The U.S. Election: Any Good News for Palestine?
Linda Pentz Gunter
Radioactive Handouts: the Nuclear Subsidies Buried Inside Obama’s “Clean” Energy Budget
Michael Welton
Lenin, Putin and Me
Manuel García, Jr.
Fire in the Hole: Bernie and the Cracks in the Neo-Liberal Lid
Thomas Stephens
The Flint River Lead Poisoning Catastrophe in Historical Perspective
David Rosen
When Trump Confronted a Transgender Beauty
Will Parrish
Cap and Clear-Cut
Victor Grossman
Coming Cutthroats and Parting Pirates
Ben Terrall
Raw Deals: Challenging the Sharing Economy
David Yearsley
Beyoncé’s Super Bowl Formation: Form-Fitting Uniforms of Revolution and Commerce
David Mattson
Divvying Up the Dead: Grizzly Bears in a Post-ESA World
Matthew Stevenson
Confessions of a Primary Insider
Jeff Mackler
Friedrichs v. U.S. Public Employee Unions
Franklin Lamb
Notes From Tehran: Trump, the Iranian Elections and the End of Sanctions
Pete Dolack
More Unemployment and Less Security
Christopher Brauchli
The Cruzifiction of Michael Wayne Haley
Bill Quigley
Law on the Margins: a Profile of Social Justice Lawyer Chaumtoli Huq
Uri Avnery
A Lady With a Smile
Katja Kipping
The Opposite of Transparency: What I Didn’t Read in the TIPP Reading Room
B. R. Gowani
Hellish Woman: ISIS’s Granny Endorses Hillary
Kent Paterson
The Futures of Whales and Humans in Mexico
James Heddle
Why the Current Nuclear Showdown in California Should Matter to You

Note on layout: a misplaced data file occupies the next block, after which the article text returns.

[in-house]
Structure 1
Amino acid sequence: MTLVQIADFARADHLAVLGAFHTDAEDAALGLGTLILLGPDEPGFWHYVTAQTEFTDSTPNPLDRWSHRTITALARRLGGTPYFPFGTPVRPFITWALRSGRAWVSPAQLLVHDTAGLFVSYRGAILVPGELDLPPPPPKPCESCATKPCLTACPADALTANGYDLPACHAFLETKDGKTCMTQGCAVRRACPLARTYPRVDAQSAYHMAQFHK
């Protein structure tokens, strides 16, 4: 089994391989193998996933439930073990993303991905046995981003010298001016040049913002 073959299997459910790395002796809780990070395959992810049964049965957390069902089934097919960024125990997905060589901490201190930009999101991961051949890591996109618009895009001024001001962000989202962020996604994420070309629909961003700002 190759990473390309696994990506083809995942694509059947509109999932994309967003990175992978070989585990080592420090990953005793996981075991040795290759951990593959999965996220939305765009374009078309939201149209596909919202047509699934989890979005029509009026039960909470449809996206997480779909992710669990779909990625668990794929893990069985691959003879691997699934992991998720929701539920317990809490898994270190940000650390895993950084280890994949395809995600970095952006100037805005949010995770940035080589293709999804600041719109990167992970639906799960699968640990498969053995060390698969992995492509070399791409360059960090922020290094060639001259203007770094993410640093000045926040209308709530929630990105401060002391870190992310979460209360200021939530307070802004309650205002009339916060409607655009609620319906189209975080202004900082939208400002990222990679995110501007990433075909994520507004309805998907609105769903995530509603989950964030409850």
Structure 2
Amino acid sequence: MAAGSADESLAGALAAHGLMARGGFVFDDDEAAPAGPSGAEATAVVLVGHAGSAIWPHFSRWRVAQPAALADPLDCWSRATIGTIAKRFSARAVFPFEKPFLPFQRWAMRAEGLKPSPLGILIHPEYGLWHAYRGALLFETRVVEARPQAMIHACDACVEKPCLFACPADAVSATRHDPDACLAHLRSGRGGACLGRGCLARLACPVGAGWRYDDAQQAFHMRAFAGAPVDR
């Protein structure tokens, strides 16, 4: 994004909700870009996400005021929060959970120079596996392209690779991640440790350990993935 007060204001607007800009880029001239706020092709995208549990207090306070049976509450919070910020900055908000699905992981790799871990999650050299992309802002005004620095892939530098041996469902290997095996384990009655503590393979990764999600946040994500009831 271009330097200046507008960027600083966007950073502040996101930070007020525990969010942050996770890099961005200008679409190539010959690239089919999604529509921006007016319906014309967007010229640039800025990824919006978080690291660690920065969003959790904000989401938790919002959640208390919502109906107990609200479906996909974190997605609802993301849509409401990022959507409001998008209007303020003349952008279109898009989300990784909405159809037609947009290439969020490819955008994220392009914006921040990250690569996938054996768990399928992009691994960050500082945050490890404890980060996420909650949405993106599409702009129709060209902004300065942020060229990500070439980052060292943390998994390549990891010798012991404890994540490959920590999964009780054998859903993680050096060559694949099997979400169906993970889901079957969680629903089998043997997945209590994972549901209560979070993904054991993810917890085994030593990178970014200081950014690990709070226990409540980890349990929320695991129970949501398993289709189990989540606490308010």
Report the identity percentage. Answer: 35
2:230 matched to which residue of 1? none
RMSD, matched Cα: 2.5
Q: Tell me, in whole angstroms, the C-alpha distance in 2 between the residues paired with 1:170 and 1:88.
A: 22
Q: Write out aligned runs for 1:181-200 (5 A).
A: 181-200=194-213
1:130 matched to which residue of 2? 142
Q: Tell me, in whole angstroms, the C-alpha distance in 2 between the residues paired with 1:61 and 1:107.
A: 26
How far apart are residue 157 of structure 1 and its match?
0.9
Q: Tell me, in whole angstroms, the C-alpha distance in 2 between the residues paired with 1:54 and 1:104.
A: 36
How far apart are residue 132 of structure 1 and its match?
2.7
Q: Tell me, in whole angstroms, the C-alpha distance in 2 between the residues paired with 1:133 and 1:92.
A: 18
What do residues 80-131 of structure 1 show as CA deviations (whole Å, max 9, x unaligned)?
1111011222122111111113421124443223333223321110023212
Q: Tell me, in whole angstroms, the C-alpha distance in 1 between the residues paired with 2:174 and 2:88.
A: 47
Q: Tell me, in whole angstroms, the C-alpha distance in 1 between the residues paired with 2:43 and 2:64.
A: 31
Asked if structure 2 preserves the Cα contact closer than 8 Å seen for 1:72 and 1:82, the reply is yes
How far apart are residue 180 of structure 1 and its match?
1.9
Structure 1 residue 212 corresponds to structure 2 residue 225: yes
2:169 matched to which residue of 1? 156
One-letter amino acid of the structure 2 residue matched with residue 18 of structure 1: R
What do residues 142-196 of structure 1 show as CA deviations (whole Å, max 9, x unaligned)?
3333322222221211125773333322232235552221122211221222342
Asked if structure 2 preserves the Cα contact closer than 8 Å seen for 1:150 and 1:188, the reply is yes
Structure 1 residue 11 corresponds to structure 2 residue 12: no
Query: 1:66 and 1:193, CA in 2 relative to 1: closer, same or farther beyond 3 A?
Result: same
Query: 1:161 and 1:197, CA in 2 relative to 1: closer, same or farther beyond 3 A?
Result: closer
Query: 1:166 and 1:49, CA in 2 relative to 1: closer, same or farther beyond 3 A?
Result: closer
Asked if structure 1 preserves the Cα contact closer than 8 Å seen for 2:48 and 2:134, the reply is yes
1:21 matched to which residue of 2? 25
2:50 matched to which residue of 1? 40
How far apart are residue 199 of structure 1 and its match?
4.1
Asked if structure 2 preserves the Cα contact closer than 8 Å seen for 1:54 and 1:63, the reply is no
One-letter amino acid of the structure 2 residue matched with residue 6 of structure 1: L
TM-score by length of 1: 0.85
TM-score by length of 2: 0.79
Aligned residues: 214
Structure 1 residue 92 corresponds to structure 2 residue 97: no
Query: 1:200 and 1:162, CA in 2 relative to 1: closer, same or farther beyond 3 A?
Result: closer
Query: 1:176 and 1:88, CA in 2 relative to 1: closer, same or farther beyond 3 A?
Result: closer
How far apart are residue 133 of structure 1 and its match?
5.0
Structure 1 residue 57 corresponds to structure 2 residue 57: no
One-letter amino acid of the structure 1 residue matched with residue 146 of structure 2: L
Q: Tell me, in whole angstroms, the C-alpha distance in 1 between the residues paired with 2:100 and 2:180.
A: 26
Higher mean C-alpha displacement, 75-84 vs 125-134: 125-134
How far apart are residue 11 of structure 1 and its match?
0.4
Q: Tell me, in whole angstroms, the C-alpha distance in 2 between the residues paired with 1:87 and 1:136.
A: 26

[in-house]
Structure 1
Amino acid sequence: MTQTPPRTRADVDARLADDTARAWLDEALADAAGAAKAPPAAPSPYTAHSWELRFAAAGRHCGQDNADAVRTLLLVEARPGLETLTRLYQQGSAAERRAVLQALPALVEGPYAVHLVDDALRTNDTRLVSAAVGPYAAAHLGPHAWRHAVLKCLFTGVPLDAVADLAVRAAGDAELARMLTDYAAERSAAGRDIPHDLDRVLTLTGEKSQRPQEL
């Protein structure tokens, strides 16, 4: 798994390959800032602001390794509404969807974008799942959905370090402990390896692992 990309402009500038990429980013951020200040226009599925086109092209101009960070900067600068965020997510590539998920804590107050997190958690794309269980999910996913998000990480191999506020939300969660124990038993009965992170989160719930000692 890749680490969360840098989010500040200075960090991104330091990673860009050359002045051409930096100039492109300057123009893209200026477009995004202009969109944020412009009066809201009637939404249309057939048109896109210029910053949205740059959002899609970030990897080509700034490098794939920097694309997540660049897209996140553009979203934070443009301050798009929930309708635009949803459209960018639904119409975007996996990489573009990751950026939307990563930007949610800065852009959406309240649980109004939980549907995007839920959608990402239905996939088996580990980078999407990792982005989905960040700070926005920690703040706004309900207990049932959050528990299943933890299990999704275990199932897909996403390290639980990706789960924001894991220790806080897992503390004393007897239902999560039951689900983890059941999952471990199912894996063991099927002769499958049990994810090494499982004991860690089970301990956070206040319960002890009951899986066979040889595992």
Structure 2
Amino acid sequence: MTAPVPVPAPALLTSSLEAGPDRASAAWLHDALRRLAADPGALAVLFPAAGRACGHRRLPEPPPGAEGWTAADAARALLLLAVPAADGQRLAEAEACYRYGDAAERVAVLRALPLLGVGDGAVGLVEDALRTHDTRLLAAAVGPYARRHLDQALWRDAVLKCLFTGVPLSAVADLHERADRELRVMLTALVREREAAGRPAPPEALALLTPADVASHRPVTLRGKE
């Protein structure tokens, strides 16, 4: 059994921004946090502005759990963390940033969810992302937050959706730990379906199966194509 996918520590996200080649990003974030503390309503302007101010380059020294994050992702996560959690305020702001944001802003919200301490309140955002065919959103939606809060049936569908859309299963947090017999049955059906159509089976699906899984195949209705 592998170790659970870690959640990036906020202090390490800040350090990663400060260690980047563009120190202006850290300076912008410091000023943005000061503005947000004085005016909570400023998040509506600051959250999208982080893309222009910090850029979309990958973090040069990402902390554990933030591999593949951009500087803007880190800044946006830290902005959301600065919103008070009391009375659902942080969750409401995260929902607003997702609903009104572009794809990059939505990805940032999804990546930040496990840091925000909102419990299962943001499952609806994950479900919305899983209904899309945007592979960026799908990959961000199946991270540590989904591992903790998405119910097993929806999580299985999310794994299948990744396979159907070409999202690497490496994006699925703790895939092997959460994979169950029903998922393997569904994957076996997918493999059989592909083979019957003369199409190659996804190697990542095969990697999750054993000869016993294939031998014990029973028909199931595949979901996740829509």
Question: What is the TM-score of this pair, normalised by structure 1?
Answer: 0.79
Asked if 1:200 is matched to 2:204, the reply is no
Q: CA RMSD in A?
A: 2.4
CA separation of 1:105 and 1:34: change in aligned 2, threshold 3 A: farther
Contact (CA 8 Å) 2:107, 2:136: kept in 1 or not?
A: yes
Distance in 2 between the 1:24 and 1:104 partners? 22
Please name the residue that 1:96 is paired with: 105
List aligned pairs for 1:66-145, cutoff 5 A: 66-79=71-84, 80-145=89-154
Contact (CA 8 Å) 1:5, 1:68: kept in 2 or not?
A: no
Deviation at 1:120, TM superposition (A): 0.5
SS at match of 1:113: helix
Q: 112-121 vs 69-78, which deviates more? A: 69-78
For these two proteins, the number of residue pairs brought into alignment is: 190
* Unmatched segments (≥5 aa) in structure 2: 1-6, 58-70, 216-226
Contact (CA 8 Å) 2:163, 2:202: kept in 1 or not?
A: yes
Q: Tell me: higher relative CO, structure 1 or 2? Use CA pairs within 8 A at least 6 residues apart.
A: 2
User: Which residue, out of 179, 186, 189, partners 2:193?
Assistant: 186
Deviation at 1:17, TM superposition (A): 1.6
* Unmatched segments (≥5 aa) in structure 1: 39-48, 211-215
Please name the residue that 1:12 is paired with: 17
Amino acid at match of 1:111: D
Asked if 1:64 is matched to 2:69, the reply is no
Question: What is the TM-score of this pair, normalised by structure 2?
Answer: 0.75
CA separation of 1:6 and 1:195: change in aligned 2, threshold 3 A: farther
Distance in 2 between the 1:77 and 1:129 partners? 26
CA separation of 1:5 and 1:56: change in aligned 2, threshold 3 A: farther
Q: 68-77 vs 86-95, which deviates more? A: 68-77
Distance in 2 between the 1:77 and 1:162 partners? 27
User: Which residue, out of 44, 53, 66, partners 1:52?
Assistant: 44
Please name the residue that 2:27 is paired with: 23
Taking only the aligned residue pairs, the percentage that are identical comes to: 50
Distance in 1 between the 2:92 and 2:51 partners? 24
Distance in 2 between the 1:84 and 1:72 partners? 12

Michael Howard
Hollywood’s Grotesque Animal Abuse
Steven Gorelick
Branding Tradition: a Bittersweet Tale of Capitalism at Work
Nozomi Hayase
Assange’s UN Victory and Redemption of the West
Patrick Bond
World Bank Punches South Africa’s Poor, by Ignoring the Rich
Mel Gurtov
Is US-Russia Engagement Still Possible?
Dan Bacher
Governor Jerry Brown Receives Cold, Dead Fish Award Four Years In A Row
Wolfgang Lieberknecht
Fighting and Protecting Refugees
Jennifer Matsui
Doglegs, An Unforgettable Film
Soud Sharabani
Israeli Myths: An Interview with Ramzy Baroud
Terry Simons
Bernie? Why Not?
Missy Comley Beattie
When Thoughtful People Think Illogically
Christy Rodgers
Everywhere is War: Luke Mogelson’s These Heroic, Happy Dead: Stories
Ron Jacobs
Springsteen: Rockin’ the House in Albany, NY
Barbara Nimri Aziz
“The Martian”: This Heroism is for Chinese Viewers Too
Charles R. Larson
No Brainers: When Hitler Took Cocaine and Lenin Lost His Brain
FacebookTwitterGoogle+RedditEmail